On the night of May 23rd, someone spray-painted the Confederate Memorial in Forest Park, a monument that depicts a white family sending a soldier off to fight in the Confederate war effort. The graffiti included an anarchist symbol painted over the soldier, a Black Lives Matter placard positioned behind the family’s heads, and phrases like “Stop Defending Injustice” and “This is Treason” on the monument’s base.

The St. Louis Parks Department was on the scene the very next morning removing the placard and scrubbing off the paint.

Two years earlier, in the wake of the June 2015 massacre at the Emanuel AME Church in Charleston, individuals spray-painted the Confederate Memorial in Forest Park. They wrote “Black Lives Matter” and “Fuck the Confederacy” on the base and splattered the inscription with red.

The next morning authorities scrubbed off the paint.

In both cases, graffiti is not beside the point, nor so readily scrubbed away. While the monument depicts white experience, that’s not all it depicts. Graffiti gives expression to the thing that, by its very absence from the monument, is shouting at us: the matter of African American experience, and especially the violence to which black lives under white supremacy have long been, and continue to be, subject. Leaving the Confederate Memorial in place, unscrubbed and unsanitized, with its graffiti in full view, would serve to “[right] the wrong image these monuments represent and [craft] a better, more complete future for all our children and for future generations,” the worthy goals cited by New Orleans Mayor Mitch Landrieu in his justification for the removal of four Confederate monuments in that city.

The well-intended impulse to bury such monuments, à la Mayor Landrieu, or to preserve them as museum artifacts, as some have proposed, is analogous to the misguided impulse to celebrate them. Thinking of the memorials and such graffiti together, removal has the effect of hiding black bodies and black trauma from public view.

We need graffiti. Indeed, to accomplish what Landrieu is calling for––taking the Confederacy off its “pedestal in our most prominent places of honor”––we need to acknowledge the trauma, rage and rejection graffiti expresses. Taking down a monument that represents toxic histories erases it as a site of living struggle, defeating historical understanding and full democratic ownership of the American past.

Yes, these monuments have a painful, even traumatic impact on many viewers; they represent a celebration of violence and white supremacy. But Black Lives Matter graffiti on a monument does more to advance public healing and understanding than no monument at all.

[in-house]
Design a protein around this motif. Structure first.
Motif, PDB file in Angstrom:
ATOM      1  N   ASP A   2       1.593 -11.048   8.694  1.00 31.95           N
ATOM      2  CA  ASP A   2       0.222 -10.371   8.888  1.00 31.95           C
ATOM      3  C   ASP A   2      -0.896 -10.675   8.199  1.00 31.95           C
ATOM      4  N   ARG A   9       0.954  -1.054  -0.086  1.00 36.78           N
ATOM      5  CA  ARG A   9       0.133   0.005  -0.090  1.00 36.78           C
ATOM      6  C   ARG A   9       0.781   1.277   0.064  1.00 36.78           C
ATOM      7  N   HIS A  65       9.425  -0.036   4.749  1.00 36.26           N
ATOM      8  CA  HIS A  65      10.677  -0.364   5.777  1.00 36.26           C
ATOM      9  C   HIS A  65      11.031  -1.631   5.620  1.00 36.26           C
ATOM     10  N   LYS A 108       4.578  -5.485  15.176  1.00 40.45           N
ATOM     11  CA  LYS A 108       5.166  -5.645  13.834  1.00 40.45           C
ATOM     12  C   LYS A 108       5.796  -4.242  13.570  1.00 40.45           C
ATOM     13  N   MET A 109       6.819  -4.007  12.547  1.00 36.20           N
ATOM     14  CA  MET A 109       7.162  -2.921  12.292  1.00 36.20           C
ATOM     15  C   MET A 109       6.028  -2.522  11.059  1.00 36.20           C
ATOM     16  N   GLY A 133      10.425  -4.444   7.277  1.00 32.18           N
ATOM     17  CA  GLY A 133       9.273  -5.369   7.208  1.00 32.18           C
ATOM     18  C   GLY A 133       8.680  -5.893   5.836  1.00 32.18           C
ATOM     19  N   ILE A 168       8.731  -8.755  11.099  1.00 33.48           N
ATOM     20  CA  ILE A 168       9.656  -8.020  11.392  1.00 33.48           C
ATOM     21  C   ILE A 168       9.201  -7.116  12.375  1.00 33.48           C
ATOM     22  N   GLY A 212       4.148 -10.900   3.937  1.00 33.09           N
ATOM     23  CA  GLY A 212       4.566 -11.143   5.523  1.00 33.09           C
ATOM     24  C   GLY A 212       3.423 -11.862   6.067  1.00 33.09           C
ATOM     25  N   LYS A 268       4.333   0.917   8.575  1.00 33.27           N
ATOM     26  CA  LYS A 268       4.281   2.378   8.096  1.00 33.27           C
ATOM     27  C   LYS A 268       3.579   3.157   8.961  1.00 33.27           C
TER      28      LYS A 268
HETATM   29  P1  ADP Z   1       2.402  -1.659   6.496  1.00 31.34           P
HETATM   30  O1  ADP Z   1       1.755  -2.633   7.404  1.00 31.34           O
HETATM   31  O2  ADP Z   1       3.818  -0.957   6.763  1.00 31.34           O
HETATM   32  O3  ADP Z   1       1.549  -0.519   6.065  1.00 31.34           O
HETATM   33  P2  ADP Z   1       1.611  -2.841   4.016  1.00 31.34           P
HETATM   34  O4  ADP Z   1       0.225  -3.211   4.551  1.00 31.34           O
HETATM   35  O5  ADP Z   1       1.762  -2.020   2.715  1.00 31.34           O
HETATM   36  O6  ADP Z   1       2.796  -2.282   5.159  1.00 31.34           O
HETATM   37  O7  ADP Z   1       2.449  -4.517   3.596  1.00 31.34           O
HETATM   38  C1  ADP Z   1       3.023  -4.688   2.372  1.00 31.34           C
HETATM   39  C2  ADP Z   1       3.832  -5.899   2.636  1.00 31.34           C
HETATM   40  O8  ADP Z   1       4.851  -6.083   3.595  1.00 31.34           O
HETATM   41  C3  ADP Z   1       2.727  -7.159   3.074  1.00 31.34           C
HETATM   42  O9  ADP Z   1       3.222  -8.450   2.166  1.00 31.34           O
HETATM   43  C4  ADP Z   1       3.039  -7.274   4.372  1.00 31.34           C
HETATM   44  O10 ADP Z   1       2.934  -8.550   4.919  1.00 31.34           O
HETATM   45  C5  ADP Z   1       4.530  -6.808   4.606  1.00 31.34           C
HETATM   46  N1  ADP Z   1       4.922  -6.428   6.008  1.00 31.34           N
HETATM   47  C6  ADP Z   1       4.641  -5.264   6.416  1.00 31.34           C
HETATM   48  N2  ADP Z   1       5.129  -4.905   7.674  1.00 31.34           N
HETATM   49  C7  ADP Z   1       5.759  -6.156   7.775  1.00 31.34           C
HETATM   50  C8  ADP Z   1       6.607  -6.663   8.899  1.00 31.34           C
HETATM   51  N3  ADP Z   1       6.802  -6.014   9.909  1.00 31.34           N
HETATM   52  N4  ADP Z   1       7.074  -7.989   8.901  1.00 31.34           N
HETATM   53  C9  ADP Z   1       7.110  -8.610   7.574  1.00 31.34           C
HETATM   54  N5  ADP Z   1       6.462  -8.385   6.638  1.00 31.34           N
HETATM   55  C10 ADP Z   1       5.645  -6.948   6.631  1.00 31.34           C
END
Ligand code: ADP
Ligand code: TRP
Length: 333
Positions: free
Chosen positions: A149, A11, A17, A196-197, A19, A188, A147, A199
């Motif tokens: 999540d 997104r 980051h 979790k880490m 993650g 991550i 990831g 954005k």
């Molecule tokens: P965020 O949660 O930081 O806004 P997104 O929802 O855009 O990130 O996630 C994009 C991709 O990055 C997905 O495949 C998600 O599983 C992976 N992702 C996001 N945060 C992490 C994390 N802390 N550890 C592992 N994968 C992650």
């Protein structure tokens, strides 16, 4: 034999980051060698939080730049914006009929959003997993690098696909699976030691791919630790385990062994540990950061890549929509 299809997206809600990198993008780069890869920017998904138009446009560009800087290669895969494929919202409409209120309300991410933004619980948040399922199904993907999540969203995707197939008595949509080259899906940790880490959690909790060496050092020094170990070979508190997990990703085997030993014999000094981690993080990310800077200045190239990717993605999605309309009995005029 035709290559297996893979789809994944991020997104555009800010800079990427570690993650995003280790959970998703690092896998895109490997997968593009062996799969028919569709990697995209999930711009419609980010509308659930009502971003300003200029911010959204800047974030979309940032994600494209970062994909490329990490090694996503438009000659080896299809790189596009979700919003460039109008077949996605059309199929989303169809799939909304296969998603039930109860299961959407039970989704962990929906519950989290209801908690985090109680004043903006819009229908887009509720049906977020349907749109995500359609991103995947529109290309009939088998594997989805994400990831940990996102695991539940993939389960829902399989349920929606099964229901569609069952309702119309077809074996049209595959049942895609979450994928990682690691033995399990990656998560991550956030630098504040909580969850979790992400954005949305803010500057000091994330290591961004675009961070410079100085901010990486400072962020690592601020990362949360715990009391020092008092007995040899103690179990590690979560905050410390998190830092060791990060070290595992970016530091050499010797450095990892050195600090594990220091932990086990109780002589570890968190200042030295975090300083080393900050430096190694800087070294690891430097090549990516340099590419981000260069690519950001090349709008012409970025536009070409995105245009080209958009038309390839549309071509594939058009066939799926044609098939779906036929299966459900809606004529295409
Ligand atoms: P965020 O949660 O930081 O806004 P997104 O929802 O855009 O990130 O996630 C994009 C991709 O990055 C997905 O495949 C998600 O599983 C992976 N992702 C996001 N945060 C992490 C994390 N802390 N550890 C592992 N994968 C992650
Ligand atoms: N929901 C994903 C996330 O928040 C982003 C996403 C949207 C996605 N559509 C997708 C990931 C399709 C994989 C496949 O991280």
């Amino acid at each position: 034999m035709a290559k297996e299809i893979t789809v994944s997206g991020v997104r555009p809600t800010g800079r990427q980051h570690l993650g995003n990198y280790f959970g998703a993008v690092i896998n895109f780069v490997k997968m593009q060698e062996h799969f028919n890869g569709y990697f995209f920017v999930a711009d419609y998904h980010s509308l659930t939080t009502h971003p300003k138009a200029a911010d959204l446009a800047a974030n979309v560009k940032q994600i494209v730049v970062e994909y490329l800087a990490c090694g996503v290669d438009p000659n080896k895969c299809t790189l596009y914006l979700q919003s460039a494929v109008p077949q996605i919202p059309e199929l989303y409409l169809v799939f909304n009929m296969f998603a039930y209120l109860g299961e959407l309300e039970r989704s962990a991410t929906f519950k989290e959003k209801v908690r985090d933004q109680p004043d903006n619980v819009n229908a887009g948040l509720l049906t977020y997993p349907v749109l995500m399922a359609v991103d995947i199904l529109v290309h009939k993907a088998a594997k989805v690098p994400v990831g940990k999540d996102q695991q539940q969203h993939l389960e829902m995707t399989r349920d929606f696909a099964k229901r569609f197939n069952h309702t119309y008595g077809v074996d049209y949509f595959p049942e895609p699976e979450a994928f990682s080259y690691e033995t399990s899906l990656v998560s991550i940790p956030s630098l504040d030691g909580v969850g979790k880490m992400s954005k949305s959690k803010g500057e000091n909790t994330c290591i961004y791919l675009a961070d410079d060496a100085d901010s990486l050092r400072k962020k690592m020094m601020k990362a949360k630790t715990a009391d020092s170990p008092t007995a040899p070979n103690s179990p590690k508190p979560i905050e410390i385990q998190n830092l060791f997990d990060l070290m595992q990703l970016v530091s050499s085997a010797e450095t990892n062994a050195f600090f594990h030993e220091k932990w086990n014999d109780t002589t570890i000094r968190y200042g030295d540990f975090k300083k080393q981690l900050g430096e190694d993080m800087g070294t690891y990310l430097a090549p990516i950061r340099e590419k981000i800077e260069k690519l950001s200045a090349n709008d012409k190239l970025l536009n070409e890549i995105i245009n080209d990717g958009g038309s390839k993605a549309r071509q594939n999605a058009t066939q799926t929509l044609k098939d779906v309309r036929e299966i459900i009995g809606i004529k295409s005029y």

Healing requires not only a willingness to confront what the memorial represented in the past––the views and interests of defenders of the Confederacy––but also to interrogate the motives behind today’s frantic calls for removal. The stakes of St. Louis’s monument controversies and those of other cities such as New Orleans and Baltimore include the matter of who controls urban space, and how it is used. As terms like ‘defacing’ and ‘vandalism’ suggest, those stakes also concern the sanctity of public and private property. Officials who call for the scrubbing or relocation of such monuments mean not only to sanitize their city’s reputation, but also to discourage future ‘vandals’ from making claims. Their actions reveal an interest in maintaining urban public spaces as precincts of order, respectability, and uncontroversial history––which is to say no history at all.

The monument controversies sweeping the cities of the New South are fundamentally existential ones: they concern what anthropologist Mary Douglas called purity and danger. There is inherent risk in a public life in which memorials can become sites of political-historical engagement––where debate flows freely and authorities and citizens are willing to call into question sacred values of all kinds. We must ask: do the dreams of development in post-Ferguson St. Louis (as in post-Katrina New Orleans) mandate purification of public space and public memory, and foreclosure of ‘dangerous’ uses of either?

On Tuesday, May 30th, St. Louisans awoke to learn that the freshly-scrubbed Confederate Memorial had been marked again––this time with “End Racism,” “Black Lives Matter” and “Nat Turner Lives.” That night police patrolled the area and shined a high-powered spotlight on the monument, now surrounded with crowd control barriers––apparently an effort to prevent “vandalism” and other contentious activity at the site.

This cat-and-mouse game will soon come to an end: city authorities are preparing to remove the monument from the park. But we’re living through a classic moment of democratic disruption. St. Louis has had to attend to the matter of Confederate memory before it could continue the work of urban progress. It has had to ask itself: Is it the city that preserved the Confederate Memorial? Is it the city that removed the Memorial? Is it a city where ad hoc acts of public memory––including not only monument graffiti but also protest and graffiti at the Ferguson QuikTrip in the aftermath of Michael Brown’s death, and temporary memorials at the site where his body lay for hours on Canfield Drive––shape the stories of progress it can tell?

The Confederate Memorial, still intact at this writing, should be left alone, along with its graffiti: This does not represent capitulation to those who would celebrate the Confederacy, but rather an acknowledgment of the messy and violent histories embodied in such sites which will always defy efforts at either consecration or cleanup.